[b]At the beginning of the year I had a problem with condensation in the house which I thought I had solved in January(installing extractor fans/dehumidifier/opening windows etc). However within the last month I have beads of water that appear each day on my living room and dining room walls. the plaster work is bubbling. When I press the plaster a white liquid comes out which smells of vinegar. These walls feel cold, damp and don't smell very nice. If I don't put the cenral heating on the walls feel damp, but when I do put it on the walls are running with beads of water.
Is this the condensation coming back or is this a damp issue? In the drier weather would it be advisable to install cavity wall insulation so the exterior walls don't get so cold?
Also the wooden block flooring I have downstairs is staring to rise in certain areas of the two rooms. Could this issue also be linked to the damp walls?
Please can someone help me with these issues.[/b]
Do you have running condensation on your windows?
Do the window reveals have black mould?
Think about it, is the water running down the wall the same as the windows?
Are the walls damp behind the curtains, inside cupboards where the air does not circulate?
If so you have condensation.
This is something I wrote earlier, it may help.
I expect this only happens in the winter?
I expect it is due to turning the heating off or down when you go out or go to bed.
Warm air, say at 20 C holds 18 ml per cubic metre.
Cold air 0 C is almost dry 5 ml per cubic metre.
Every time you let the indoors temperature drop, the water vapour in the air falls out.
It condenses onto/into the nearest cold object/surface, usually a window but, if you have double glazing, maybe the walls, or the window reveal.
Your bed probably feels cold, because it is full of cold moisture.
Each of us sweats 330 ml of water every night, that goes straight into the bed.
Make sure you have an extractor fan in the kitchen and bathroom and use it when cooking or washing, and keep the kitchen and bathroom doors closed at all times.
Do not dry things on radiators.
Next. Every time we breath out our breath is saturated with water - breath on a mirror and see it in action.
This moisture needs to be vented to the outside. Outside air is usually drier than indoors.
We each breath out 1.5 litres of water per 24 hours, children and animals more.
Either open the windows for 5 mins or so every morning and evening, or use a dehumidifier, that can remove 5 litres or more of moisture per 24 hours.
Leave the de-humidifier on 24 hours a day
in about 3 weeks you will see a difference
in a year the de-humidifier will hardly come on at all.
We had new double glazing installed in March 2007. There are two room which have the most issues. They are my front living room - the problems being under the bay window and along the external wall. Also in my dining room - continuing along the external wall and under the window. Originally the external walls in the middle of them they had fireplaces which were removed prior to us moving in to the house. The upstairs of the house is no where near so bad. The majority of the issues is based in the two downstairs rooms.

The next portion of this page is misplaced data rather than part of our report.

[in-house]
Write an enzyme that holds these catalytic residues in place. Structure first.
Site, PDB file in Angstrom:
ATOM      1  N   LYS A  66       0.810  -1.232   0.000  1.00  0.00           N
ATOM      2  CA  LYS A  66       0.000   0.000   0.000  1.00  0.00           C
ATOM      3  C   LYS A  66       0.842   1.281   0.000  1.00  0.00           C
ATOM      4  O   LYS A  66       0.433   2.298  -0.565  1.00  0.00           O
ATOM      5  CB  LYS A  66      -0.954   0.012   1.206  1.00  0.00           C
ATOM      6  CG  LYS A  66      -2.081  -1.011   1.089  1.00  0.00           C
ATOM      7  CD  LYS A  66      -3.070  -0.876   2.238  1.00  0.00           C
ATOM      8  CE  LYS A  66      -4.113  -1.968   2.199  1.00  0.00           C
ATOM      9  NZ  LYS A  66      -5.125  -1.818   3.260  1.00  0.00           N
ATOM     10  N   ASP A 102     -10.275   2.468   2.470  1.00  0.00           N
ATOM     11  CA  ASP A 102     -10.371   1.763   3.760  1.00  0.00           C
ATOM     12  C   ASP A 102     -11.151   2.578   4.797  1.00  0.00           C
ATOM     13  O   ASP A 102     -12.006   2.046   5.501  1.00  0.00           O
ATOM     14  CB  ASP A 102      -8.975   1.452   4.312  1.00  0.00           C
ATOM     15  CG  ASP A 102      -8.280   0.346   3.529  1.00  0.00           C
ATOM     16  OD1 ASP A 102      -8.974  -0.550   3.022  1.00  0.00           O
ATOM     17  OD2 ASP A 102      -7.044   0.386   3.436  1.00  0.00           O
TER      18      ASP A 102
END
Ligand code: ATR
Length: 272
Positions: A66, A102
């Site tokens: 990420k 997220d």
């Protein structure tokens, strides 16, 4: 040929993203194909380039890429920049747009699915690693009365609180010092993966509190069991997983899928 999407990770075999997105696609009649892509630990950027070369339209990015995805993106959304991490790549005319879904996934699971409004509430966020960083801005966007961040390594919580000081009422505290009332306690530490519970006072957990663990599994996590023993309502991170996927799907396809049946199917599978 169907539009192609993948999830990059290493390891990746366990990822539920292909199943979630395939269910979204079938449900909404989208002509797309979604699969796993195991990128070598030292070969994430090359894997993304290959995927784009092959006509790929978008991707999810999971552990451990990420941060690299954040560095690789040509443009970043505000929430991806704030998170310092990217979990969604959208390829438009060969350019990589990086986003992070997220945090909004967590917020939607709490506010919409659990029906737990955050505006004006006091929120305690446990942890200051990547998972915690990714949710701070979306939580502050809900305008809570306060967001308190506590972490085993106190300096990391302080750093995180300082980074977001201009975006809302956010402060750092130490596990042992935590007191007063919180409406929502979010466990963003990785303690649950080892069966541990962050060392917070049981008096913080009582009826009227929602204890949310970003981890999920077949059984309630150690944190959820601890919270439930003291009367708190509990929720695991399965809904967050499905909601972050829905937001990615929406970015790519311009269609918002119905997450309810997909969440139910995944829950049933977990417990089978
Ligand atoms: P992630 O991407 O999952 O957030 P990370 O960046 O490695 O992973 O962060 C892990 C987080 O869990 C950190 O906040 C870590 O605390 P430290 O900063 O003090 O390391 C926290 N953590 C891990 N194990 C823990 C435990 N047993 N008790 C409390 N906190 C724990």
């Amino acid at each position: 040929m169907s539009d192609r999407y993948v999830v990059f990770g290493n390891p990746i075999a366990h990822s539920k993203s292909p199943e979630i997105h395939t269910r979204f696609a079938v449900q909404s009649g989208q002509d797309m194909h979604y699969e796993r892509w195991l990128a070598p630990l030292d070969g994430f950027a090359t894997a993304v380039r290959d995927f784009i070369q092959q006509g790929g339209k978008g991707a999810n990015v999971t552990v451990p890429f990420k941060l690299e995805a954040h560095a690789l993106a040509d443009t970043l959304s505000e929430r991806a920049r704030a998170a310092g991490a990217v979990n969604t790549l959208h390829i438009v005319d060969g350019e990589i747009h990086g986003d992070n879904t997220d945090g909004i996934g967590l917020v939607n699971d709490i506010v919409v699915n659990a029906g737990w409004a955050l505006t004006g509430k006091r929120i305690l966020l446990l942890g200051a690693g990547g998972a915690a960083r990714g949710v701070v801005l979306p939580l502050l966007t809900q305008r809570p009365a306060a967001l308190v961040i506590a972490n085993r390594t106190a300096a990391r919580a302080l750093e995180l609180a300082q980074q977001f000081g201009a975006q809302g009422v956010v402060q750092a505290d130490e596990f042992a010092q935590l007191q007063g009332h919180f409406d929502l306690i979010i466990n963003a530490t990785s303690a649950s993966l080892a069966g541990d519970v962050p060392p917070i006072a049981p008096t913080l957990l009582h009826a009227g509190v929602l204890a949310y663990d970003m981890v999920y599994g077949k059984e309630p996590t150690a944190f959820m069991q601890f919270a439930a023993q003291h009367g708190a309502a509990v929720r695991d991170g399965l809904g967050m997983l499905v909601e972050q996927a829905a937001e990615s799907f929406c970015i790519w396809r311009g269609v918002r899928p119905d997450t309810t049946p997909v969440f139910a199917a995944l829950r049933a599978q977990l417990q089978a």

I seem to be having the same problem, with the lounge wall and bedroom wall (directly above) being wet with beads of water, this is an external face wall.
What is the best short term cure for this?
1. Windows open, house freezing.
2. Windows open and heating on, drive moisture out whilst retaining warmth (just expensive!)
3. Heating on all the time, windows open for periods (day or night?)
I am concerned if this continues I will have a big redecorating task so short term energy costs not a major concern. I am running a dehumidifier.
What may be relevant is that I always had a few windows on the latch 24hrs a day but I was never there, now the girlfriend and 2 kids have moved in there is much more furniture and she is closing the windows at night just as heating is going off (worse case?)
Like the original post my house is around 1930's and it does go cold very quickly once the heating is off. Is cavity wall insulation worth checking, I have no idea if this has been done previously.
Further to your Dec 01 reply,when the fireplaces were removed and the double glazing installed the only form of adequate ventilation was removed.If you install air vents in the boarded up openings and air vents in the wall space below the windows you should see a marked improvement,the installation of vents does not mean a gale blowing through the house but an aid to the circulation of air away from the cold spots you are experiencing.get the cavities filled as soon as is affordable or apply for free insulation even.Keep clothes off the rads and the dryer vented to outside.Try to keep windows in kitchen open when cooking and bathroom when showering.extraction fans can only be a bonus with your local electrical wholesaler giving good advice on selection.
I have the same problem with a wet wall under the bay window in the living room. it can get very wet. seems to be worsened by the heating on and even the curtain closed for a short period of time. I have had a damp proof course in this area although this was a good few months ago and replastered with salt retardent stuff. The wet areas tend to be under the window sill and mainly in the corners. I have a dehumidifier which has helped a little. The exteria walls seem to be ok and have been waterproofed. The windows seem to be ok. I am waiting to hear from a company re wall cavity insulation. Any suggestions what I can do as it seems freezing in the house even with the heating on (costing a fortunune to heat) It just looks like the walls are sweating.
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